Retailers’ attempts to maintain low diamond inventories are hurting demand across the trade, Alrosa warned after reporting its lowest quarterly sales since 2015.
The Russian miner’s sales slumped 26% to $807 million in the second quarter ending June 30, it reported Thursday. An oversupply of rough and polished in the manufacturing and retail sectors has hurt appetite for the company’s goods, Alrosa explained. At same time, jewelers are actively attempting to hold less stock, creating a further negative effect for dealers.
“Ongoing consolidation in the jewelry sector and growth in jewelry sales through online channels in the US result in a non-recurrent reduction in polished-diamond stocks across the retail sector, as businesses embrace more efficient stock-management practices, which…in turn impacts rough-diamond purchases by [the] midstream,” Alrosa said.
Indian diamond manufacturers’ difficulties obtaining credit have also weakened rough demand, the miner added. Its sales of rough diamonds fell 25% to $796 million for the quarter, while polished revenues slid 58% to $11 million. Sales value hasn’t been that low since the third and fourth quarters of 2015, when a slowdown in consumer demand led to the rough market almost grinding to a halt.
Alrosa’s rough-price index — which tracks like-for-like price fluctuation for diamonds up to 10.8 carats — declined 1.6% versus the first quarter. The index fell 4.6% during the first half of the year. The average selling price for rough decreased 18% to $96 per carat compared with a year ago, reflecting the drop in the price index and a shift in sales mix toward smaller, lower-value diamonds. Sales volume dipped 8% to 8.3 million carats.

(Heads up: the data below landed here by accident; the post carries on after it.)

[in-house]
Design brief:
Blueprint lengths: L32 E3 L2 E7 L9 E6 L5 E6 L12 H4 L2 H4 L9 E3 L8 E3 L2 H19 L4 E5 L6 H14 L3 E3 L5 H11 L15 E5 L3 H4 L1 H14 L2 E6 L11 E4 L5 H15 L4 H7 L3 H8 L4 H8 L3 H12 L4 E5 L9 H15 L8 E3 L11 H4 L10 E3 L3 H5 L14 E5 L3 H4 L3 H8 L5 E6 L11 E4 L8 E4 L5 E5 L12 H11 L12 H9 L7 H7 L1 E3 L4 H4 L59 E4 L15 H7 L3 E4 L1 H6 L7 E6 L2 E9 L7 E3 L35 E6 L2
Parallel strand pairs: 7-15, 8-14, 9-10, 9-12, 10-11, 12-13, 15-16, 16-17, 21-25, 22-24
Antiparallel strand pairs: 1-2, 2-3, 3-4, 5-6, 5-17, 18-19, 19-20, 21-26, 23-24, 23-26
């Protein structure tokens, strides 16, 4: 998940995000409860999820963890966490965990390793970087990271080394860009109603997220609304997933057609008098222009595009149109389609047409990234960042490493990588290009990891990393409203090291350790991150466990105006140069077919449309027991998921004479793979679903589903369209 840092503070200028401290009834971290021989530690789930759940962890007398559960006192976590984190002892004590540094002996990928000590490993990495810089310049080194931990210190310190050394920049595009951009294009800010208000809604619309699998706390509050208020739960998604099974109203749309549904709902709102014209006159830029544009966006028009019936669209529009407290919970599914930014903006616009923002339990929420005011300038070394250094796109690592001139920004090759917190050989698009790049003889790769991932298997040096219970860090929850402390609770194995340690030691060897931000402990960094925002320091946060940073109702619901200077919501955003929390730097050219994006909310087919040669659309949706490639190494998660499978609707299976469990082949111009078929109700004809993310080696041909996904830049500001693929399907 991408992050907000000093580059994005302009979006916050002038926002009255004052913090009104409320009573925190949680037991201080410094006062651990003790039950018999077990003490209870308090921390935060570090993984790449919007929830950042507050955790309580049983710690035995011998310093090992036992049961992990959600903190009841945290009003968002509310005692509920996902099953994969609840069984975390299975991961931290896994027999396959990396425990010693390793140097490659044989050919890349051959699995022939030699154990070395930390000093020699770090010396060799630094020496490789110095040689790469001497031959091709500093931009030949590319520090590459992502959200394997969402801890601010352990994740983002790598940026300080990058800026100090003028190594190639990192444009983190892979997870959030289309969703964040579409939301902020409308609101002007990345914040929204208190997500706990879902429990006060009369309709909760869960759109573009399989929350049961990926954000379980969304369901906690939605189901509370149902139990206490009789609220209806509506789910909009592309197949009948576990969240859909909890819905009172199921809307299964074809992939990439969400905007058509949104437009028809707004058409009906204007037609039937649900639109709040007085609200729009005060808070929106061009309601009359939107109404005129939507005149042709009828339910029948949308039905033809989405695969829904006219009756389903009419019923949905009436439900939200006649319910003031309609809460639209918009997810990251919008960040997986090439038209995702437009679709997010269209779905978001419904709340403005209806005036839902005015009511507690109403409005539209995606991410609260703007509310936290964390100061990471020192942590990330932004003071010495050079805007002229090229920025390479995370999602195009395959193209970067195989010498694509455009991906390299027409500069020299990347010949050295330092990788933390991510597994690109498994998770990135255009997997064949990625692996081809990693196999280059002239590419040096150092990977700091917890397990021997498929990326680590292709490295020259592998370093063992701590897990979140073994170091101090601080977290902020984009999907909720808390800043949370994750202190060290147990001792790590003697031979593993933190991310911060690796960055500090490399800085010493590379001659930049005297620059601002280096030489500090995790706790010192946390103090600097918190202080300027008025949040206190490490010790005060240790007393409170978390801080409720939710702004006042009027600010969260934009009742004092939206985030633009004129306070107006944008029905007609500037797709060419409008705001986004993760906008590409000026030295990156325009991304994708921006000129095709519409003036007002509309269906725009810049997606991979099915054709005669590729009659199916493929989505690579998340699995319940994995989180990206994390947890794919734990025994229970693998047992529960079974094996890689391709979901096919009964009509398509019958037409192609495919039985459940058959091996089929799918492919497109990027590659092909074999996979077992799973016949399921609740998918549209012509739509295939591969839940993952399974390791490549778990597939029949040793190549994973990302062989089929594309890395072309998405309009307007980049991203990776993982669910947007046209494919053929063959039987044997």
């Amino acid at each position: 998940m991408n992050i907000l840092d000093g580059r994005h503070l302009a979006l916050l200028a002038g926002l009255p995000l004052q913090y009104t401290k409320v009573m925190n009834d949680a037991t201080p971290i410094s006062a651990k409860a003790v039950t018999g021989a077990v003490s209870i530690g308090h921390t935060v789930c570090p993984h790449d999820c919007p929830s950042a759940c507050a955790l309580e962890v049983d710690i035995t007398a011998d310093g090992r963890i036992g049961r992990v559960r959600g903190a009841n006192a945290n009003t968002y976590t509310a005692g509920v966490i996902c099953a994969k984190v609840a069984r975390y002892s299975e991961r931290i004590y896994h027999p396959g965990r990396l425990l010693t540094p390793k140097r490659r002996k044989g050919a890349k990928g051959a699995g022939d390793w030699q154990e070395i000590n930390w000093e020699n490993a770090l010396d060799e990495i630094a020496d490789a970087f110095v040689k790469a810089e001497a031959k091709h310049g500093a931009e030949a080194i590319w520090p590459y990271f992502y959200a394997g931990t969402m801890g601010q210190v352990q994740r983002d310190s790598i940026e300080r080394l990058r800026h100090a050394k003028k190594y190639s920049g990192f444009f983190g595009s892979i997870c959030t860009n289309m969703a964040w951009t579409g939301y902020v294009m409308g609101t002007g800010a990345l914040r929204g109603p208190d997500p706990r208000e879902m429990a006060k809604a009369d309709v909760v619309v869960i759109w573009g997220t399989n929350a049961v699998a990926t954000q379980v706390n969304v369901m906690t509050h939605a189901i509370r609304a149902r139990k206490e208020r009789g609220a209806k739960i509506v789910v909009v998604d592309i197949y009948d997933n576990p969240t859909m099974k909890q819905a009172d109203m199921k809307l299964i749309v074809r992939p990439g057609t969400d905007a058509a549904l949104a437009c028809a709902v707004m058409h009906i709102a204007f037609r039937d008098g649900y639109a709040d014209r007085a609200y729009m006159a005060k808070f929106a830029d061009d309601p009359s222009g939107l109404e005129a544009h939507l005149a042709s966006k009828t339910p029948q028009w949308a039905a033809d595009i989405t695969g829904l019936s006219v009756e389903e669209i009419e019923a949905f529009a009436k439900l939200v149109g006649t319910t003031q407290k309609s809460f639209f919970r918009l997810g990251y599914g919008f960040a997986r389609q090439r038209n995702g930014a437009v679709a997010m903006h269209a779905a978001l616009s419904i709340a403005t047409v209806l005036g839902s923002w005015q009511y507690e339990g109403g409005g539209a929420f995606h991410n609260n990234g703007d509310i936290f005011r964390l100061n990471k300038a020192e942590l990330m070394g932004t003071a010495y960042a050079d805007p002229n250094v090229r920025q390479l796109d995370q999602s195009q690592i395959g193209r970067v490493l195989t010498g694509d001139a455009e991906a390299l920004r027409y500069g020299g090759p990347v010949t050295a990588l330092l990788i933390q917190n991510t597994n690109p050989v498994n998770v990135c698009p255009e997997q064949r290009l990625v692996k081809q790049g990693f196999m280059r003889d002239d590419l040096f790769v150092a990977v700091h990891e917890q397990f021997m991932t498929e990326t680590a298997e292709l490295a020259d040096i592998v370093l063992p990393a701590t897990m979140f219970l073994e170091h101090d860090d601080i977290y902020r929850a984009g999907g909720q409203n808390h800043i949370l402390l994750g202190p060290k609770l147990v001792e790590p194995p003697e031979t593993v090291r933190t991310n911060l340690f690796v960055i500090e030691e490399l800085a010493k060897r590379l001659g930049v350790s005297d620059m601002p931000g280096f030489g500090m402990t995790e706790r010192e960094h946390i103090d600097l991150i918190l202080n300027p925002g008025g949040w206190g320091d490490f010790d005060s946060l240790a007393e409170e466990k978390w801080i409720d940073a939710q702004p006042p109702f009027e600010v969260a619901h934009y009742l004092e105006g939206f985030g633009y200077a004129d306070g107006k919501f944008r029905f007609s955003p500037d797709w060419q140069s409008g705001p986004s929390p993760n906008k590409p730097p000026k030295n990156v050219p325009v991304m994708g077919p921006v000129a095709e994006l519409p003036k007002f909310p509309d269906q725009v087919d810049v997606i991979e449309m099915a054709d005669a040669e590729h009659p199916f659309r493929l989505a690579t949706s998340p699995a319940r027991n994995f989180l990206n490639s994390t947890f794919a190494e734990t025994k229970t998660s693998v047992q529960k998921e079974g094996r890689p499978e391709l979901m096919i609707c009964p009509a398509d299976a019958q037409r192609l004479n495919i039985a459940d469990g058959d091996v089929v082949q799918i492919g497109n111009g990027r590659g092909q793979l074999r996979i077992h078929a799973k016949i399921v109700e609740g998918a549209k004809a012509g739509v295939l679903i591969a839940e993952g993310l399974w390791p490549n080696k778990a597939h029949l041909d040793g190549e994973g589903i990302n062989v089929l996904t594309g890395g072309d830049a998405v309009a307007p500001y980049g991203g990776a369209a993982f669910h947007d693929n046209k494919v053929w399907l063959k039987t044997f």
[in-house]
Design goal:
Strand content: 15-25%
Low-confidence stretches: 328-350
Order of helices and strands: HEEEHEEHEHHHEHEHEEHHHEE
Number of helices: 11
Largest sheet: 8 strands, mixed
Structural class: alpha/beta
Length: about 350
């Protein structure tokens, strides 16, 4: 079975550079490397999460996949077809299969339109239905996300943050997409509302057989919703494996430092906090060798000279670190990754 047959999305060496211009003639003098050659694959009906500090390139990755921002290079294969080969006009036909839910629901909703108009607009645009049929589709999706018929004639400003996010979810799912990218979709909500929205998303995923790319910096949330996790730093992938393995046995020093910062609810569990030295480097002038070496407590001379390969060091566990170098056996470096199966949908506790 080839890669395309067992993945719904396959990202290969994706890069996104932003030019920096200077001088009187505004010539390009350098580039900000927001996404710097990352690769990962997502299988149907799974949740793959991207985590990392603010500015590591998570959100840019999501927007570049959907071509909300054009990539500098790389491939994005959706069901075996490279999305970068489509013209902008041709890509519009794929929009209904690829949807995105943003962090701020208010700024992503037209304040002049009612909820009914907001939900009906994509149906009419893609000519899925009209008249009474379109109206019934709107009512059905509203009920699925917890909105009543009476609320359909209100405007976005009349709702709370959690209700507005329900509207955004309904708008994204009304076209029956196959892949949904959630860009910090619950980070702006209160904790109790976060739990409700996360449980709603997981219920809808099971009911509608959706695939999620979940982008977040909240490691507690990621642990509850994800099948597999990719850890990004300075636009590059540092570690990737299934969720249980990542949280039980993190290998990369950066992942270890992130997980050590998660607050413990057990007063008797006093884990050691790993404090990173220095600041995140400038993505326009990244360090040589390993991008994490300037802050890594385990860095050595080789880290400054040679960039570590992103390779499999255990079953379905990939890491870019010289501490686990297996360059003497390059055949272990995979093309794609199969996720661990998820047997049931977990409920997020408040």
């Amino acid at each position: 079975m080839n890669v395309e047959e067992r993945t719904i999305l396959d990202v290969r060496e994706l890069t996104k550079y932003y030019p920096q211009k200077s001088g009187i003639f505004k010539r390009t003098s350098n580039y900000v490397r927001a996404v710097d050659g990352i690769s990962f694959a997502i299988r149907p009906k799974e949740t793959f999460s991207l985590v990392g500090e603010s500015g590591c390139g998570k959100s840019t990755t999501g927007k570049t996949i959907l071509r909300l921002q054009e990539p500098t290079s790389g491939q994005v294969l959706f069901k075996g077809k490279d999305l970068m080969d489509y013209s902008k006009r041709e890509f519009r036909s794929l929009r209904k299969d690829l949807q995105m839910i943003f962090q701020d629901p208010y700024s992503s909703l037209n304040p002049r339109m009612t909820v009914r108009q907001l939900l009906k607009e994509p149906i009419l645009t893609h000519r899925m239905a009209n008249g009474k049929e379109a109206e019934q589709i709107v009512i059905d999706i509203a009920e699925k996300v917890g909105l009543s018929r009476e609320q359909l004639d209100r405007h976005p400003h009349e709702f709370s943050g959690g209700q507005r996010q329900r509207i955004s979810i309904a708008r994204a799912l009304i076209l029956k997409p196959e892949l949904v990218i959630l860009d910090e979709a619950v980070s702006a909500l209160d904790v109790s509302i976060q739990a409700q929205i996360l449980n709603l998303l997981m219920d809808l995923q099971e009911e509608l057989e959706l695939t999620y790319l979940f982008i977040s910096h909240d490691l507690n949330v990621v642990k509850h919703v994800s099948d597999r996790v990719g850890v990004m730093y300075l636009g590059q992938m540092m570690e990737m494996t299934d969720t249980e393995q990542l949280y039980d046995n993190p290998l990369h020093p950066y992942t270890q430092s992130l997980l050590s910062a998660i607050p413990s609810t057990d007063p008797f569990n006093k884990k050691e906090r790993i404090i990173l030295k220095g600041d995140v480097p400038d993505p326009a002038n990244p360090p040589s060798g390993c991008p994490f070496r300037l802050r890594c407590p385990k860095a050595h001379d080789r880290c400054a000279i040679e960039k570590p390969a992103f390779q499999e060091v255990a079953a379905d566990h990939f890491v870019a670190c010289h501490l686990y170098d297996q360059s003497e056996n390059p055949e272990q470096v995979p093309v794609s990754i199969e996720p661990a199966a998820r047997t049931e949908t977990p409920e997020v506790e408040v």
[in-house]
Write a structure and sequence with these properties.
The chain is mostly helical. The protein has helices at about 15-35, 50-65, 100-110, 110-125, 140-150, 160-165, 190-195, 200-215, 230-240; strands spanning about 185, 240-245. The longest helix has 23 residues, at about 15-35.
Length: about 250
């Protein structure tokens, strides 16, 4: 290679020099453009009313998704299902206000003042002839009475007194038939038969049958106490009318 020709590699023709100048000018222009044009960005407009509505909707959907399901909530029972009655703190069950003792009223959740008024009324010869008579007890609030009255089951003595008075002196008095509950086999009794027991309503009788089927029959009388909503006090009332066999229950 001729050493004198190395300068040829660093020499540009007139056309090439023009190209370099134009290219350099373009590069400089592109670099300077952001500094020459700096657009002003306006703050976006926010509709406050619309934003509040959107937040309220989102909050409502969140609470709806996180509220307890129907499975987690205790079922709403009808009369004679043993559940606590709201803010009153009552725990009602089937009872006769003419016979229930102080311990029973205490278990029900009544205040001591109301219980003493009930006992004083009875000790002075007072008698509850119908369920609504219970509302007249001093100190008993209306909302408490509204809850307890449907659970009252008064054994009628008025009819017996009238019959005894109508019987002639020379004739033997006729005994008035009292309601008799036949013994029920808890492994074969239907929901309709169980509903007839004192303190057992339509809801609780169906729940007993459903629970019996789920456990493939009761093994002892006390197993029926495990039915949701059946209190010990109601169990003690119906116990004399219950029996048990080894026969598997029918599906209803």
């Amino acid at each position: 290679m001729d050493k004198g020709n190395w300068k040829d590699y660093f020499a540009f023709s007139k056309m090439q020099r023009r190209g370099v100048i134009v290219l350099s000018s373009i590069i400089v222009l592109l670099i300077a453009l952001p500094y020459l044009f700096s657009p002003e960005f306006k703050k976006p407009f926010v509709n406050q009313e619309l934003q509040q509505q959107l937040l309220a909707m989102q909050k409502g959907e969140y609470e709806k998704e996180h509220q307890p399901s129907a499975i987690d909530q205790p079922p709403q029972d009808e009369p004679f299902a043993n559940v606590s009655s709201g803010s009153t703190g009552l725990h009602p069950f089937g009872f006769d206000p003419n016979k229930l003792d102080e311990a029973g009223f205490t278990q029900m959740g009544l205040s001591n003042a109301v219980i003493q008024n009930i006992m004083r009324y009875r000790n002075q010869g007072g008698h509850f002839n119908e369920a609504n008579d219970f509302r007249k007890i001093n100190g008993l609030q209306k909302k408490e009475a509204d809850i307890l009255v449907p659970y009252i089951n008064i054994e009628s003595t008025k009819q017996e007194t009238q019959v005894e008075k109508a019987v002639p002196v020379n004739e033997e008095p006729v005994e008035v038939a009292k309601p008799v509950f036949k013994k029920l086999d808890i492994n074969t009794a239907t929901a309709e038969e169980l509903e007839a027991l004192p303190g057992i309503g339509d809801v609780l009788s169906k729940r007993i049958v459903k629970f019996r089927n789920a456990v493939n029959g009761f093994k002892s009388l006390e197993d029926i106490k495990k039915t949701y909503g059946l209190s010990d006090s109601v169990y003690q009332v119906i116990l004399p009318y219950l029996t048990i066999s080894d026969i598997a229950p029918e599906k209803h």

Production rose 14% to 9.7 million carats due to the commencement of operations at the Verkhne-Munskoye mine in Yakutia, as well as higher grades at the Butuobinskaya pipe and at the Severalmaz division, which runs the Lomonosov deposit in the Arkhangelsk region. Alrosa’s stockpiles grew 36% year on year to 15.9 million carats as of June 30, as mining output exceeded sales volume.
In the first half, total diamond sales fell 33% to $1.81 billion, while production increased 10% to 17.6 million carats.
The company expressed optimism for the rest of the year as the fourth-quarter holiday period approaches, despite the midstream challenges and the negative impact of the US-China tariff war on key jewelry markets.
“Demand from jewelry consumers remains stable, which bodes well for renewed activity and higher demand for rough diamonds closer to the end of [the third quarter] in the run-up to [the] 2019-2020 Christmas sales season,” it noted.
Image: The Lomonosov mine. (Alrosa)